On semi-dwarf (10′-15′) and large(15′-20′)  rootstock.  

Ripens late September-early October


Shenandoah – this later ripening pear closely resembles Bartlett in shape, grows larger in size, and matures a month later. The sweet, juicy, and fine grained flesh of Shenandoah is excellent for all uses, and stores very well. This variety is quite resistant to fireblight, so is great for organic growers.  A great choice for food plots also.

     On semi dwarf (10′-15′) and large(15′-20′) rootstock.   

Ripens late September into mid October


Red Bartlett – this one is exactly the same as the world famous green variety in terms of season, flavor, size, and uses, but has a beautiful red color skin. These are often seen in produce departments and farmers markets, and are usually more expensive than the green  ones.

                                                                 On semi-dwarf (10′-15′) rootstock                                                                  

Ripens in early September


Asian Pears

 Olympic Giant – this is an Asian variety that is very popular in grocery stores. They are often called apple pears, and are very large, round, russeted, and retain a crisp and juicy texture even when fully ripe.  They need pollination from another Asian pear variety or Bartlett to set fruit.  Olympic Giant fruit stores well for long periods.      On large (15′-20′) growing rootstock.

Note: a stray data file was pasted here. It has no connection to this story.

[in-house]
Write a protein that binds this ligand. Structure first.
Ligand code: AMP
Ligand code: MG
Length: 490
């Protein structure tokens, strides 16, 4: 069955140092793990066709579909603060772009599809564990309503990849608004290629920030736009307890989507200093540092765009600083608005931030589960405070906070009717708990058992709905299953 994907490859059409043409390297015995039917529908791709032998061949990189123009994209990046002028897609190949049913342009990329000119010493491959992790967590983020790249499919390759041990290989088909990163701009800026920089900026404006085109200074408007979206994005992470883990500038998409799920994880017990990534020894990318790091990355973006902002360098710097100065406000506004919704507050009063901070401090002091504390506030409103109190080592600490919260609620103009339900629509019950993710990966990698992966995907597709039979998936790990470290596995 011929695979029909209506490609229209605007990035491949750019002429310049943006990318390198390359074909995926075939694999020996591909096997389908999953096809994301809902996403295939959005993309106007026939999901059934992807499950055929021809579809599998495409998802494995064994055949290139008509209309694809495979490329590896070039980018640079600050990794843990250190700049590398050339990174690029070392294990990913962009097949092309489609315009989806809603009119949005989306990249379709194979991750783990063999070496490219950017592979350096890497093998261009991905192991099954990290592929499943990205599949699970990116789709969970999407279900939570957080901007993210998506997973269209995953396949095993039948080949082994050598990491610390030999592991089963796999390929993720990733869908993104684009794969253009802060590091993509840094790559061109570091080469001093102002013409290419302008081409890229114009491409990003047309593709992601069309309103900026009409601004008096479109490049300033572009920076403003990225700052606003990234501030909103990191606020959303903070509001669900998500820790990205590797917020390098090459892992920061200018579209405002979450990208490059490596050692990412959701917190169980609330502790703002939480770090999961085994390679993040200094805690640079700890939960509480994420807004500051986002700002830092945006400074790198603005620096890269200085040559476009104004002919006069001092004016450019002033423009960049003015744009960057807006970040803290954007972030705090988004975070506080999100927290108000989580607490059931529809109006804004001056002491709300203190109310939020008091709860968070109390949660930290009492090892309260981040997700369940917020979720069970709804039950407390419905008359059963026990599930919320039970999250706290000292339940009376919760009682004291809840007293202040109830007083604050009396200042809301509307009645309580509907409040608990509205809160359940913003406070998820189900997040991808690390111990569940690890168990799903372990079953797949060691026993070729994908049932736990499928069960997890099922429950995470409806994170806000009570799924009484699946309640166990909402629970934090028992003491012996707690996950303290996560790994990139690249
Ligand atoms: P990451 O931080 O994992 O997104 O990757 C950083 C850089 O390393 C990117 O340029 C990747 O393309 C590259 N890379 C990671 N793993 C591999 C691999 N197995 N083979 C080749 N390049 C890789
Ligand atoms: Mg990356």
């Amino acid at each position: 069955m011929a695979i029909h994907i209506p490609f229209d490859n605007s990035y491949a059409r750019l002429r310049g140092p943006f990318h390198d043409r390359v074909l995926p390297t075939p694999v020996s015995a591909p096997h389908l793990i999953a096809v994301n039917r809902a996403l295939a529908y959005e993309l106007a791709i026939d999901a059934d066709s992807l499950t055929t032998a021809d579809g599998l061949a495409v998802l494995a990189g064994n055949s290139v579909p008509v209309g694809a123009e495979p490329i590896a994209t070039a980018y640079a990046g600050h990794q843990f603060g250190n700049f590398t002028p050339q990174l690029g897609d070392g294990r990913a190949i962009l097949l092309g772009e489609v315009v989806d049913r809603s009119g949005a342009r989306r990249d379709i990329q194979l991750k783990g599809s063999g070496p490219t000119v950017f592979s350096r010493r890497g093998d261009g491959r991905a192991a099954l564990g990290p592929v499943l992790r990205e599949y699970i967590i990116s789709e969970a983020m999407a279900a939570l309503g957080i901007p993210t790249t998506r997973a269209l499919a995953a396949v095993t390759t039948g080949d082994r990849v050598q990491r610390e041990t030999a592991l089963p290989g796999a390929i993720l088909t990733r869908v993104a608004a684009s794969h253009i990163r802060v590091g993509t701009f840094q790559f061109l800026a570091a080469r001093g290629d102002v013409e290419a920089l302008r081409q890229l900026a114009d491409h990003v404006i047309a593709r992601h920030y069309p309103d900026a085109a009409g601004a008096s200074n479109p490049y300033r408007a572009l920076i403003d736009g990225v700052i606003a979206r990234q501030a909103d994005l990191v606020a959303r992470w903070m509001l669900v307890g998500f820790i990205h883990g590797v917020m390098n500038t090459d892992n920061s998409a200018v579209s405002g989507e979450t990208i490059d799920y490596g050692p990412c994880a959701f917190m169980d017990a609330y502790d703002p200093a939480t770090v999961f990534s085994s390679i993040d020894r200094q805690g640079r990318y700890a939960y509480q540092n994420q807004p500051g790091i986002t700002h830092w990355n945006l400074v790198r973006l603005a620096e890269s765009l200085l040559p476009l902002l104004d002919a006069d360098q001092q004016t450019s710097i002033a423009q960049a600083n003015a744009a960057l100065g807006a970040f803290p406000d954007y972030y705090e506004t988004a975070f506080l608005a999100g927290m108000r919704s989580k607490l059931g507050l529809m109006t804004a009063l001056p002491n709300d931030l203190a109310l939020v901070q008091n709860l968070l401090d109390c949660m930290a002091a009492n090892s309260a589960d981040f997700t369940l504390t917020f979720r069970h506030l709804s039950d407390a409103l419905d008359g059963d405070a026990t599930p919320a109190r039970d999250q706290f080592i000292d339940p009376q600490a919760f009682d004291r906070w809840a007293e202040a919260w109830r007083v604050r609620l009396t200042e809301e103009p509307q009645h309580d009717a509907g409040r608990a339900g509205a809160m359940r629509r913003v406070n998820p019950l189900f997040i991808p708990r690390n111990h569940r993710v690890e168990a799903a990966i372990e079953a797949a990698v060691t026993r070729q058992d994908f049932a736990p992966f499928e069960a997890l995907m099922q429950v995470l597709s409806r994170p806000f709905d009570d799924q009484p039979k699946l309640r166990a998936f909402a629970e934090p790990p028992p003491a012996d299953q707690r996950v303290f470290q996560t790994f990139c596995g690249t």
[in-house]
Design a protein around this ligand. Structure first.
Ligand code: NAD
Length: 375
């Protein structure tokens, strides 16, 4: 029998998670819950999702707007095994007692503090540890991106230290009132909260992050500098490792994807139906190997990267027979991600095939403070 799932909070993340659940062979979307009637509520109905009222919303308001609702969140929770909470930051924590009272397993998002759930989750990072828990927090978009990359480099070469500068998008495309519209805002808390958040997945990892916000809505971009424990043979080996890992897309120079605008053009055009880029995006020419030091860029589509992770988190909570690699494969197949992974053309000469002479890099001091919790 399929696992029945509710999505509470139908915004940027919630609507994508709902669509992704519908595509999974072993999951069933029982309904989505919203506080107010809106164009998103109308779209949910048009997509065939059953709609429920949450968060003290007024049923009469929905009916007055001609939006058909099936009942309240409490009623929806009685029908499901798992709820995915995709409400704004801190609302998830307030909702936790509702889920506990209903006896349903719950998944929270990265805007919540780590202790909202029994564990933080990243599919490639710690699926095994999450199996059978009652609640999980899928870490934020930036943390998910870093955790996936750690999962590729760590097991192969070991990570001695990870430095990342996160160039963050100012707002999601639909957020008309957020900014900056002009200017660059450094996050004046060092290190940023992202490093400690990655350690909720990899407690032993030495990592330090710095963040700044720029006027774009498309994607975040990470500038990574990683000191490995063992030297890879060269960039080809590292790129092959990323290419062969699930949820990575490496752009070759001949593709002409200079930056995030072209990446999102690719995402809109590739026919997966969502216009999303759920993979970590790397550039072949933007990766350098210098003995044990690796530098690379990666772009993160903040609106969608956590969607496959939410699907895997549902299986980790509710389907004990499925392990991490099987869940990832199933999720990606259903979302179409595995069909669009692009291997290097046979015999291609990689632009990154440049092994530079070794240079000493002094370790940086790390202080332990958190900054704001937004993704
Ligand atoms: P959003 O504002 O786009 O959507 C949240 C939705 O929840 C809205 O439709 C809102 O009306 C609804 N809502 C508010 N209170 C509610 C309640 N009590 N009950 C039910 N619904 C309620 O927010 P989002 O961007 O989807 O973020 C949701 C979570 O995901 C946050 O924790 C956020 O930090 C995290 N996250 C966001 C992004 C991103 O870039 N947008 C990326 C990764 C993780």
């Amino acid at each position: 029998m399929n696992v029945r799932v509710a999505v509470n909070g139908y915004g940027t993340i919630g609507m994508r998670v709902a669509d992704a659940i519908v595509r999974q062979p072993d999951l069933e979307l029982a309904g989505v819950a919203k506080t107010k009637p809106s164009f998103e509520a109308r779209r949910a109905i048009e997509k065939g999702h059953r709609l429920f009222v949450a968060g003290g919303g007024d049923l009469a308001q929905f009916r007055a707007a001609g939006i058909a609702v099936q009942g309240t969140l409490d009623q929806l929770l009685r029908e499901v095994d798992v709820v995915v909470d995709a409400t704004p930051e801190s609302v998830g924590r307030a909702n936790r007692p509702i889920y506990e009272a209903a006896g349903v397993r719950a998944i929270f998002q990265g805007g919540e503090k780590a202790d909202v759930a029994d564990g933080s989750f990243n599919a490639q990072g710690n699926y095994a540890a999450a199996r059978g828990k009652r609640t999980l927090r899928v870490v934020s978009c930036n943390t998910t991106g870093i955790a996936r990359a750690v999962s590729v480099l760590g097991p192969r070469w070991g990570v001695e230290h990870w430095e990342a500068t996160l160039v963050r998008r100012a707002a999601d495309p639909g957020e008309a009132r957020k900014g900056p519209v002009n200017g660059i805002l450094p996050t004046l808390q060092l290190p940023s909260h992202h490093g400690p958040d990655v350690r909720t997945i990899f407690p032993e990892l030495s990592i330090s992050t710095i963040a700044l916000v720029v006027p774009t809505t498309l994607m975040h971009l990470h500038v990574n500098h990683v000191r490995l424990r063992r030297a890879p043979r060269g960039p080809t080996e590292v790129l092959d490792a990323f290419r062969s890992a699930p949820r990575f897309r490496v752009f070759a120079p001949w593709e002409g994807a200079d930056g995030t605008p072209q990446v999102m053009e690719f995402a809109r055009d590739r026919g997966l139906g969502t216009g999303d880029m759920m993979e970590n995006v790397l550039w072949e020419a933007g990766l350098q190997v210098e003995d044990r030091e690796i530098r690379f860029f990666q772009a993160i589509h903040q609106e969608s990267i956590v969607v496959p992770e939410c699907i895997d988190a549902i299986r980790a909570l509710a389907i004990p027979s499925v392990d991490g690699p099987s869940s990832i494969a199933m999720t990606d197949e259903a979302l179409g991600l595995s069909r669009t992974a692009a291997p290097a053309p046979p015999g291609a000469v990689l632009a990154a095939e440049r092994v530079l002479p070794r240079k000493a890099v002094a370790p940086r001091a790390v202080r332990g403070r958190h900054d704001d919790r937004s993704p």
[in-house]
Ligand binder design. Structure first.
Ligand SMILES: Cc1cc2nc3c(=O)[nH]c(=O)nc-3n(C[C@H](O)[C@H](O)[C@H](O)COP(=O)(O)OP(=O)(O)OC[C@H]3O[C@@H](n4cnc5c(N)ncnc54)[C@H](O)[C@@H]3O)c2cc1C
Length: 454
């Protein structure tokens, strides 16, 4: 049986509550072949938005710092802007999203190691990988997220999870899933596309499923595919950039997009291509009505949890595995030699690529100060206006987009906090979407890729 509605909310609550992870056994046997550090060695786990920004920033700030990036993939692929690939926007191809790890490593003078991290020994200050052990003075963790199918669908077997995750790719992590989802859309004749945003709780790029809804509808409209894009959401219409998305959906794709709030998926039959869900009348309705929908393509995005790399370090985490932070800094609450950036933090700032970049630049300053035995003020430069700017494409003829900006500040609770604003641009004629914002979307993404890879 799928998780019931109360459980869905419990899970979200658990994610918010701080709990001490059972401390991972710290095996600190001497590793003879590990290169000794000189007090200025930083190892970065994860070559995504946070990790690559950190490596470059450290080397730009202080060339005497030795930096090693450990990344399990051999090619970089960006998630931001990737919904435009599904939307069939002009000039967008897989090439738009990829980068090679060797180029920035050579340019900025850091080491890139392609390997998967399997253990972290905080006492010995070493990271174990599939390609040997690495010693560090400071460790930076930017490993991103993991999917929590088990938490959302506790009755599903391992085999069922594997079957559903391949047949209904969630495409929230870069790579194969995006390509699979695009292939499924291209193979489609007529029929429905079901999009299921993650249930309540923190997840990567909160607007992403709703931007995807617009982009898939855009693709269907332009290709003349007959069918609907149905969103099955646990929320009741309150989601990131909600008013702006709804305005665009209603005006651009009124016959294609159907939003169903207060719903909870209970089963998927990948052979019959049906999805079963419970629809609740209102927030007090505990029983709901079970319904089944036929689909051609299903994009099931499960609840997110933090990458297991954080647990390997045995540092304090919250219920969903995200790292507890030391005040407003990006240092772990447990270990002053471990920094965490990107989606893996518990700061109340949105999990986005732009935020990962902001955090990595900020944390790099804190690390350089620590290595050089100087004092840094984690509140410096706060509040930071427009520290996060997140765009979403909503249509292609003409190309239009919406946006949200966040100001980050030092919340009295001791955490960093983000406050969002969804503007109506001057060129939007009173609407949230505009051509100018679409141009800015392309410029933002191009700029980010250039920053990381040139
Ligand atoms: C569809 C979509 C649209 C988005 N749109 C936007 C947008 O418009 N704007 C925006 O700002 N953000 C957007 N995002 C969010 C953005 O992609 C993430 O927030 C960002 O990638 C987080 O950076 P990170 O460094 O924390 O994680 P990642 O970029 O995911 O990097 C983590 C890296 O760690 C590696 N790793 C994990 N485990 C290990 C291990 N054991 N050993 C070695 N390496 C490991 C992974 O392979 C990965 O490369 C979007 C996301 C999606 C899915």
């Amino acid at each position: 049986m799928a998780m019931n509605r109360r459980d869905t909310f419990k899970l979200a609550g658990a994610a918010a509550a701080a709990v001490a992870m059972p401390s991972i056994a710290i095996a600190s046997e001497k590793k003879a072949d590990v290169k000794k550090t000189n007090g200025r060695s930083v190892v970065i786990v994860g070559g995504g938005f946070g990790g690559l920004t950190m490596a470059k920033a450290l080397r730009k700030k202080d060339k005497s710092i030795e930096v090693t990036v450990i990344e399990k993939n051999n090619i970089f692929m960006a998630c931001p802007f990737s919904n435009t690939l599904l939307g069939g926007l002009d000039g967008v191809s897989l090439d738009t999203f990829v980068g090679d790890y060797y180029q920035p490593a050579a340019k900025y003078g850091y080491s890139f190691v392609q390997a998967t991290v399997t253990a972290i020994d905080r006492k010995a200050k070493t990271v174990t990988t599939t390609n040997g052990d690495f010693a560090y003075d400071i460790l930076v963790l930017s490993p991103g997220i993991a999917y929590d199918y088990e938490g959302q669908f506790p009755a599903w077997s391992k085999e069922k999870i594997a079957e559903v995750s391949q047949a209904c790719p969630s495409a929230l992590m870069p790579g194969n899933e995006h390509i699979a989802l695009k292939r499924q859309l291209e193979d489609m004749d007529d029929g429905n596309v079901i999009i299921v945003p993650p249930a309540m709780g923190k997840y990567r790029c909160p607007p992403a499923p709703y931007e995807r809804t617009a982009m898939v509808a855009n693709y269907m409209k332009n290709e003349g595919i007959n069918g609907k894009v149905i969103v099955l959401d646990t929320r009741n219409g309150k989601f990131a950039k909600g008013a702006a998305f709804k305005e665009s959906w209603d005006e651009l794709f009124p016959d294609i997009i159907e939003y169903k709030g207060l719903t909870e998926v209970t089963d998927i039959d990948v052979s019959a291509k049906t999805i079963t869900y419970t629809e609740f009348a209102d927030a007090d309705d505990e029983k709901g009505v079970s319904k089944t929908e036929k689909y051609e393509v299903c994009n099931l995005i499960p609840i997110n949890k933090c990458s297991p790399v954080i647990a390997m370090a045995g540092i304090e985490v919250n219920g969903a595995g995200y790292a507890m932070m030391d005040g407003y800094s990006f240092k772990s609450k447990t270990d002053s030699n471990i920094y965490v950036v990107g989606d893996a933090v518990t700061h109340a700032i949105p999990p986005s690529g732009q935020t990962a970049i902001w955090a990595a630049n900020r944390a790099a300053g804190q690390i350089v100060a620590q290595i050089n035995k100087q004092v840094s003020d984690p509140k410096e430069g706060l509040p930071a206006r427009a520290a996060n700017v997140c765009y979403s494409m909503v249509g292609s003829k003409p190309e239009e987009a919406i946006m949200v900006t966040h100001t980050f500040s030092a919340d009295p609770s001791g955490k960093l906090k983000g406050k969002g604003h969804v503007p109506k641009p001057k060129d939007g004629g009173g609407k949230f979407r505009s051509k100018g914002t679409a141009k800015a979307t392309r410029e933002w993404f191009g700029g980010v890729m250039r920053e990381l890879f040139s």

Ripens in mid September to mid October


Niitaka – this Asian variety ripens 2-3 weeks earlier than Olympic, and also has a heavily russeted skin with orange-brown coloration. Flesh is very sweet and juicy, and fruit stores well for several months. Niitaka is a good pollinator for Olympic Giant or Shinko.                                                                                                       On Large (15′-20′) rootstock.

      Ripens late August – early September


Shinko – is a late ripening variety of medium size. Flesh is exceptionally crisp and has excellent, sweet flavor. if you like Asian pears, plant this one one to compliment the other varieties we offer. Shinko is a great storing pear like most other late varieties. A good pollinator for other Asian pears or can be pollinated by Bartlett.          On large growing (15′-20′) rootstock.    SOLD OUT

Ripens in early-mid October


Last Modified on January 19, 2022
this article Pears